and historic, American and foreign films in 35 millimeter. Guest
lectures will accompany several of the films.

Spanning many cultures and countries, the series begins on September
20 with a panel of Middlebury College professors showing and discussing
favorite scenes from Japanese films.

On October 11, in the British movie "Secrets and Lies,"
an adopted young black woman experiences a transformation after
discovering that her birth mother is white. The film won the
Palme D'Or [best film] at the Cannes Film Festival.

Later in the series on January 24, one of the most celebrated
Hollywood spectacle films, "Lawrence of Arabia" recreates
World War I desert warfare in a newly restored version of the

Dance and theatre productions by faculty and students-along
with music, art and film-are offered by the Middlebury College
Arts Program throughout the academic year.

Dancers will take their work outdoors in "Outdoor Project:
Dancing on the Land," a free performance by Andrea Olsen
and others at the Center for the Arts' pond on

October 25. Dance highlights also include a "Fall Student
Dance Concert," which features exciting new work performed
by student choreographers on Dec. 5-6; "The Dance Company
of Middlebury In Performance" on Jan. 23-24; and "Creach/Koester:
Men Dancing," which takes its inspiration from the chant
traditions of 13th and 16th century sacred
music, on March 6th and 7th.

This season, an intriguing mix of contemporary work, classics
and visiting artists will occupy the theatre department's stages.

On Oct. 30-Nov. 1, "Mad Forest" will transport audiences
to Romania, under and after the Ceausescus, revealing what happens
when the silence is broken.

In one-man shows or recitals that are part of the concert series,
British actor Oliver Ford Davies will perform "Shakespeare's
Kings: The Exercise of Power" on Nov. 8. The performance
includes speeches by Henry V and Macbeth. Davies' "Figures
in Landscape" on Nov. 12 will focus on Wordsworth's development
as a poet and examine his obsessions, achievements and failures.
The actor is also known for his work in commercial film, including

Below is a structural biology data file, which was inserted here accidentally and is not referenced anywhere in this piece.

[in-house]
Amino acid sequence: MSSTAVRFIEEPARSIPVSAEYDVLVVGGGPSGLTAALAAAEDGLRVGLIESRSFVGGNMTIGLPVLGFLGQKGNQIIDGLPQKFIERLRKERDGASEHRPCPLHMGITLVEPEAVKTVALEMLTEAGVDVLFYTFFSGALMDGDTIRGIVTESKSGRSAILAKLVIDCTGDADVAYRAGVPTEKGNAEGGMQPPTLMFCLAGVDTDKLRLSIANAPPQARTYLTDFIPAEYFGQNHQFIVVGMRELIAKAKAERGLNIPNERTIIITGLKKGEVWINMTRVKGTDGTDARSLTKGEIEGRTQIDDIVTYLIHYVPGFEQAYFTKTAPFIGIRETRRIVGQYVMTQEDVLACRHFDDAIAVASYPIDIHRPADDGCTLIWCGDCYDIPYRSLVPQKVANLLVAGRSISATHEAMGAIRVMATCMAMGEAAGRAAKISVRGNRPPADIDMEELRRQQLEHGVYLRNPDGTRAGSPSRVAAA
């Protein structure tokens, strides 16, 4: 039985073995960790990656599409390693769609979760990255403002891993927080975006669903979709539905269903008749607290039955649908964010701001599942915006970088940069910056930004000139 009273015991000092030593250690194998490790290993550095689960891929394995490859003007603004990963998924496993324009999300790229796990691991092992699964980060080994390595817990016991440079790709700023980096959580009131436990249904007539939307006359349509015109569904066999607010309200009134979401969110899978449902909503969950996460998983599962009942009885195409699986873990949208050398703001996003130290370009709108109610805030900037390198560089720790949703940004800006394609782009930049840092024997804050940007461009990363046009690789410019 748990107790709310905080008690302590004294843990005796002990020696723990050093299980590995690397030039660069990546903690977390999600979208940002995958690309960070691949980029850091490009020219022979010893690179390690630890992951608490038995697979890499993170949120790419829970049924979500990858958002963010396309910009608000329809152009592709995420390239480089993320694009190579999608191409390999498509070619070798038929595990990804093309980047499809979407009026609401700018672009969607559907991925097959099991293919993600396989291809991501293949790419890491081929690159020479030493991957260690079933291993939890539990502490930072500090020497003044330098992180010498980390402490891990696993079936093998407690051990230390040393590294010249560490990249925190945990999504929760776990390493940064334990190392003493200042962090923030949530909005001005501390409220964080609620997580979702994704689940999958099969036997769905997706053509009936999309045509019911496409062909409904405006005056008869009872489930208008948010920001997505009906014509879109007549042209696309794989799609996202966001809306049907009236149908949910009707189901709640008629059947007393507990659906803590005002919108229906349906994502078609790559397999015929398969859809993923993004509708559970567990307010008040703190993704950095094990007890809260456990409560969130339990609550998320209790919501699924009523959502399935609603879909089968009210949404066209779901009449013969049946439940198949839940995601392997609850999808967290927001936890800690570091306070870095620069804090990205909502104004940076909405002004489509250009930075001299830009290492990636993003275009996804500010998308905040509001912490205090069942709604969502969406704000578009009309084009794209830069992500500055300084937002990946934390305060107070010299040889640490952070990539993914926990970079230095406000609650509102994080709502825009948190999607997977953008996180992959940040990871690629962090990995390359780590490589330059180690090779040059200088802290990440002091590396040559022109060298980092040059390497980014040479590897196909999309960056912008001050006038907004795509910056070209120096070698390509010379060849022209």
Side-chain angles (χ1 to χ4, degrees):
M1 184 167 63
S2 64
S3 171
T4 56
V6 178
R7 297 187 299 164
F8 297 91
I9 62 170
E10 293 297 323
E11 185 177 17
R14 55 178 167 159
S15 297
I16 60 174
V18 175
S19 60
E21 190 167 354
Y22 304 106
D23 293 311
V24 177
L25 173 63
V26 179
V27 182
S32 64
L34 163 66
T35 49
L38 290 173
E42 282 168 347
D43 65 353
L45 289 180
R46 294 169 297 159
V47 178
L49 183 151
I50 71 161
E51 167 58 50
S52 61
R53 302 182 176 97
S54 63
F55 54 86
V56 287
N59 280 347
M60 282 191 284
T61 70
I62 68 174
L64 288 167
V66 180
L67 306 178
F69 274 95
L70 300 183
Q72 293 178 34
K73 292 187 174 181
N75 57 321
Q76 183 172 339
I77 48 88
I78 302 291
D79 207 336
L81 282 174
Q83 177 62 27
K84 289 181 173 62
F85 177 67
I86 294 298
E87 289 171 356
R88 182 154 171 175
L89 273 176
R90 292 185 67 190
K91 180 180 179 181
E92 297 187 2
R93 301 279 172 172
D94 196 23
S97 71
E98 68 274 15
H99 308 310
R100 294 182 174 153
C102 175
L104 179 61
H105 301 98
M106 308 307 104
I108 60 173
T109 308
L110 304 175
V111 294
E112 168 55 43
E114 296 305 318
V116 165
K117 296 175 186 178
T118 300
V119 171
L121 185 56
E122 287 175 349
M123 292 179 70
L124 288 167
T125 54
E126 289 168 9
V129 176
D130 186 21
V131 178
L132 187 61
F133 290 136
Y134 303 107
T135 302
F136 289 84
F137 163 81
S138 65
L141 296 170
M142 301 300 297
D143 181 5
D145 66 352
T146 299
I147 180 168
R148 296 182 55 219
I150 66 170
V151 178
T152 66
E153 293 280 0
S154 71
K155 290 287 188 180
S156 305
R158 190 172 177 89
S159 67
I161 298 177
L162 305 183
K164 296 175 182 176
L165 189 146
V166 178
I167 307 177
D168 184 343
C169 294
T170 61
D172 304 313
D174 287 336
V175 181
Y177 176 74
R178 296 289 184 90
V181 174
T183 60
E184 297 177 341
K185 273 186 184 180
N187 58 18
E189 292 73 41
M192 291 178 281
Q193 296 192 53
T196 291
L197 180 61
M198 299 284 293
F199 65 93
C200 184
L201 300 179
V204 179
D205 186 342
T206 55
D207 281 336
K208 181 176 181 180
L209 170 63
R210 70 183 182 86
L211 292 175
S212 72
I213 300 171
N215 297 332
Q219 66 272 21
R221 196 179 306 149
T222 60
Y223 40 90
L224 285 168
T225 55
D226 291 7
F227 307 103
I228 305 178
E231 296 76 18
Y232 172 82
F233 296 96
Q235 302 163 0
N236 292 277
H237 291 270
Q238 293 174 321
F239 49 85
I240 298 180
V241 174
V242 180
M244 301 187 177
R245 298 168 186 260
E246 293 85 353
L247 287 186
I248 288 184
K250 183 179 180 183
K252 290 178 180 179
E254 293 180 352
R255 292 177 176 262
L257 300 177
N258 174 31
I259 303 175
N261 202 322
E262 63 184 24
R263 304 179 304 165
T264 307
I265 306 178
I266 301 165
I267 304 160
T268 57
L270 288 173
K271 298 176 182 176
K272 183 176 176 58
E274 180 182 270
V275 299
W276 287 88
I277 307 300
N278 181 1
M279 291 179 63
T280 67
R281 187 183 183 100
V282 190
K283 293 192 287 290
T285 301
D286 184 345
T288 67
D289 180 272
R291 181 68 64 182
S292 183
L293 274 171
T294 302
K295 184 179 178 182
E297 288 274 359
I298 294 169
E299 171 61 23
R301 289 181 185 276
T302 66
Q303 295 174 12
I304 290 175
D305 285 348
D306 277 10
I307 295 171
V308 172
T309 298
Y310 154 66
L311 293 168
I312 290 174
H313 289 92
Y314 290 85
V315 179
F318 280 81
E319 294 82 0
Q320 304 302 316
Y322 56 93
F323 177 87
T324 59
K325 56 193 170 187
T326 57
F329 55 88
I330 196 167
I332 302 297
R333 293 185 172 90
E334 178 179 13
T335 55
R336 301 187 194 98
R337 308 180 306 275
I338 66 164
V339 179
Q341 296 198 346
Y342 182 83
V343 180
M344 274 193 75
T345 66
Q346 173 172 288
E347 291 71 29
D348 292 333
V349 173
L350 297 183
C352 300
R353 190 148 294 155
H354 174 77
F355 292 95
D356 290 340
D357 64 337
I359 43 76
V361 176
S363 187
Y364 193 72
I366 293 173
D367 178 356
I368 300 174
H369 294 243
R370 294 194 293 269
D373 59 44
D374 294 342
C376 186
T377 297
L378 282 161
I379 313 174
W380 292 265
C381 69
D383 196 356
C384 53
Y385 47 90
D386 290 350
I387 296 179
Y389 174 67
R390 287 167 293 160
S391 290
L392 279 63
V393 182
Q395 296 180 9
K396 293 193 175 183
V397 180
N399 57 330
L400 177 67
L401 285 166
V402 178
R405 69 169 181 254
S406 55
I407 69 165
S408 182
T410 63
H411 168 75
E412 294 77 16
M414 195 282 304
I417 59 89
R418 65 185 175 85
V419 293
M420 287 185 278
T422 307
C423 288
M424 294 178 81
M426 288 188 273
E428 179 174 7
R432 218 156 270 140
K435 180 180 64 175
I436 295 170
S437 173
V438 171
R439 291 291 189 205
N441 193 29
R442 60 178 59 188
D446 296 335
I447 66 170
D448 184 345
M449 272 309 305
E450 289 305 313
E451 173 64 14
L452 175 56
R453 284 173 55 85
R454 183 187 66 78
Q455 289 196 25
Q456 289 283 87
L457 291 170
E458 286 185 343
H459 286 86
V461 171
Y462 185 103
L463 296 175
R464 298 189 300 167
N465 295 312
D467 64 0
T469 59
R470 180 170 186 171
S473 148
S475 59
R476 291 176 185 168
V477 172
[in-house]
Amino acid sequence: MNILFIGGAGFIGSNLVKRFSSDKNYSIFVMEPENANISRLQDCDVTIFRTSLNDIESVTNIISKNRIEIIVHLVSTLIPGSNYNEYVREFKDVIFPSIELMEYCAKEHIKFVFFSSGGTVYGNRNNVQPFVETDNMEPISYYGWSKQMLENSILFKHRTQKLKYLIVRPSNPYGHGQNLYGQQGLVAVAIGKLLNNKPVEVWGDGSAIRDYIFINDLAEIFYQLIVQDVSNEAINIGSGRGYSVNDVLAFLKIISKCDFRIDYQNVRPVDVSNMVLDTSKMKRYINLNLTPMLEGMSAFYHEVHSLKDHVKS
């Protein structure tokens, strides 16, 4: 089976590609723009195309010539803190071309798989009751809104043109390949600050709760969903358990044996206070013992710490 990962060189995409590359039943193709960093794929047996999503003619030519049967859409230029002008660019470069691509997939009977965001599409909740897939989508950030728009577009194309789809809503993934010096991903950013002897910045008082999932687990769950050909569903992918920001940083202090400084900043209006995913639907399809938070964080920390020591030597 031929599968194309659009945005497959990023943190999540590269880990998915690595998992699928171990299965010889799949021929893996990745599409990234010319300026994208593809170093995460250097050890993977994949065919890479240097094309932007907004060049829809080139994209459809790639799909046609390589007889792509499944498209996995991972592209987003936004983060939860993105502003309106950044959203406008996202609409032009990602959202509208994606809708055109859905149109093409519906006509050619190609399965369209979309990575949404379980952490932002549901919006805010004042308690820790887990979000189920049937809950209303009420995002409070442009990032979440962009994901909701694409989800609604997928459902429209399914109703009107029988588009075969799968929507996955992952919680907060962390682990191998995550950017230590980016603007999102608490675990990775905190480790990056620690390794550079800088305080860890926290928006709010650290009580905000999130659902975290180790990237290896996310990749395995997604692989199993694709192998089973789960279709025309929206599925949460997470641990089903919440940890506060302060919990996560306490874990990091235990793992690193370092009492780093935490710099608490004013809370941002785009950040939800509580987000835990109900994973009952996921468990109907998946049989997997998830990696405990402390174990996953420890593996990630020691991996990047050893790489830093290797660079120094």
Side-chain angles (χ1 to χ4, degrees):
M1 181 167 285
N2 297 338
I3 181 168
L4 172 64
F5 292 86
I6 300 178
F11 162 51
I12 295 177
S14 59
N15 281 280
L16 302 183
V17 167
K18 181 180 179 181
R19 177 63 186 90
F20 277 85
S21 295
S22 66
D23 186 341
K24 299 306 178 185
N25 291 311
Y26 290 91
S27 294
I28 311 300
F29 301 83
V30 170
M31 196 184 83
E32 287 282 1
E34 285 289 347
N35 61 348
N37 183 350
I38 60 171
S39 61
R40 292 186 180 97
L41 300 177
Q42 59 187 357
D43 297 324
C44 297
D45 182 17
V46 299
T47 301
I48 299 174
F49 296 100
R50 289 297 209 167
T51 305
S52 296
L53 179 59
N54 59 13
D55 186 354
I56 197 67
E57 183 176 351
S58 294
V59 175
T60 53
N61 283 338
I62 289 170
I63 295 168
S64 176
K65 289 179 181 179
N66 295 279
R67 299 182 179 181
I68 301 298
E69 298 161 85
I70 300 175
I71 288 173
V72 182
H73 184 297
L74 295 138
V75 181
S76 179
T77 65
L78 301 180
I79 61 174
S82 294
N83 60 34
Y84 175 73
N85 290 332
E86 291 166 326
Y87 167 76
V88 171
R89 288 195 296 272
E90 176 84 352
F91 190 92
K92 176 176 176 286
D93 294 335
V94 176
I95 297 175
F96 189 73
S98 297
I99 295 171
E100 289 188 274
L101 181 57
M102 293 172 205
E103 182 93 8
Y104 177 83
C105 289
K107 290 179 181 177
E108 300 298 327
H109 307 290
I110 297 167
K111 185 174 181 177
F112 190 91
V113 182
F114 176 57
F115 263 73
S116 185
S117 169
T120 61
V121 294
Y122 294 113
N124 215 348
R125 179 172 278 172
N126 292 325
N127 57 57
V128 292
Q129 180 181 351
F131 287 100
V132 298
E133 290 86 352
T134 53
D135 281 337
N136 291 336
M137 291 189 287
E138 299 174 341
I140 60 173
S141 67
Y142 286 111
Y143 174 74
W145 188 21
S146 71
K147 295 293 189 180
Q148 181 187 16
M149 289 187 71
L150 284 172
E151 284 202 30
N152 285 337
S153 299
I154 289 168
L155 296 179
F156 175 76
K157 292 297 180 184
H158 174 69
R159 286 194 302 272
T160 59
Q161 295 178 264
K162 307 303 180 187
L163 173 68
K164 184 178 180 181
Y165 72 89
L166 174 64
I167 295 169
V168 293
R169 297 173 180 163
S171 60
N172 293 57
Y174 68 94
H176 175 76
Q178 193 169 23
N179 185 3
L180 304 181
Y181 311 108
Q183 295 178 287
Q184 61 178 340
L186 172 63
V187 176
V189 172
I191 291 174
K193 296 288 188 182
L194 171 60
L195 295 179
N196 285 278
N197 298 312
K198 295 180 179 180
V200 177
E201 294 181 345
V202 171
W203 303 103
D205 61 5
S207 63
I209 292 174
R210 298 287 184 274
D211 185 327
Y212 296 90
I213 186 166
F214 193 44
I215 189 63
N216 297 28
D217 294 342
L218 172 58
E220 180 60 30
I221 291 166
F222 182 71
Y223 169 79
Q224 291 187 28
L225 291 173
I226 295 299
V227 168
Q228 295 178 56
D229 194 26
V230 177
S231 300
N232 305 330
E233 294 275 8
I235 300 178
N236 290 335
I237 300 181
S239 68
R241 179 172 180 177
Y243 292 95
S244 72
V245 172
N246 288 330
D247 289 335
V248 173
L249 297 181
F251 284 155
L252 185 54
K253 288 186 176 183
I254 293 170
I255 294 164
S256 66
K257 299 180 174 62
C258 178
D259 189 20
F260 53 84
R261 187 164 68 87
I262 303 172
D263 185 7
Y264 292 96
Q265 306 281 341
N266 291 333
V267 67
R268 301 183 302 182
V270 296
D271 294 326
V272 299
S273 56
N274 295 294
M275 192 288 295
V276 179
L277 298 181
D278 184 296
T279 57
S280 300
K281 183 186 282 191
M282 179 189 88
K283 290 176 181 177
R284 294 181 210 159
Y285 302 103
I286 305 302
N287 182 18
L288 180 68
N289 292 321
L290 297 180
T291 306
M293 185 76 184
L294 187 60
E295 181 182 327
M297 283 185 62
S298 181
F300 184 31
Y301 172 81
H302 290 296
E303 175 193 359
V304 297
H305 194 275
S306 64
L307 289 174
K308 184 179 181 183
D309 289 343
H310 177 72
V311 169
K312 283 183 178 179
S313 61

his roles in the upcoming "Startrek IV" and "Racing

"The Philadelphia Inquirer" praised Philip Barry's
"The Philadelphia Story," which will take place Nov.
20-22, for its "nimble wit and impish twist of situation."
On March 12-14, Nikolai Gogol's "The Government Inspector"
will entertain local theatre lovers with high-spirited and keen
witted satire on official crookedness, human stupidity, and the
dangerous 15 minutes of fame.

Combining the talents of both the theatre and dance departments,
"Chinchilla: Classical Forms in a Landscape," from April
30-May 2, explores the backstage intrigues of Sergey Diaghilev
and the members of the Ballets Russe.

Tickets, Program and Dinner Information

Information, tickets for all music, theatre and dance performances,
a free four-color 1997-1998 Middlebury College arts calendar,
or a free bi-monthly newsletter, "Arts at Middlebury College,"
are all available through the box office at 802-443-6433.

Museum exhibition information is available by mail or by calling
802-443-5007. Hours are Tuesday through Friday 10:00 a.m.-5:00
p.m., and Saturday and Sunday, noon-5:00 p.m.

The College Street Film/Video Series is a rich array of 21 films
presented from September 20 through May 2. Films are shown twice
on Saturdays, once at 4:00 p.m. and again at 7:30 p.m. in Middlebury
College's Dana Auditorium on College Street.

Patrons hungry for both food and the arts also can contact the
box office at 802-443-6433 to make the required reservations for
pre-performance dinner at the Rehearsals Café in the Center
for the Arts. Dinner is available only before select performances.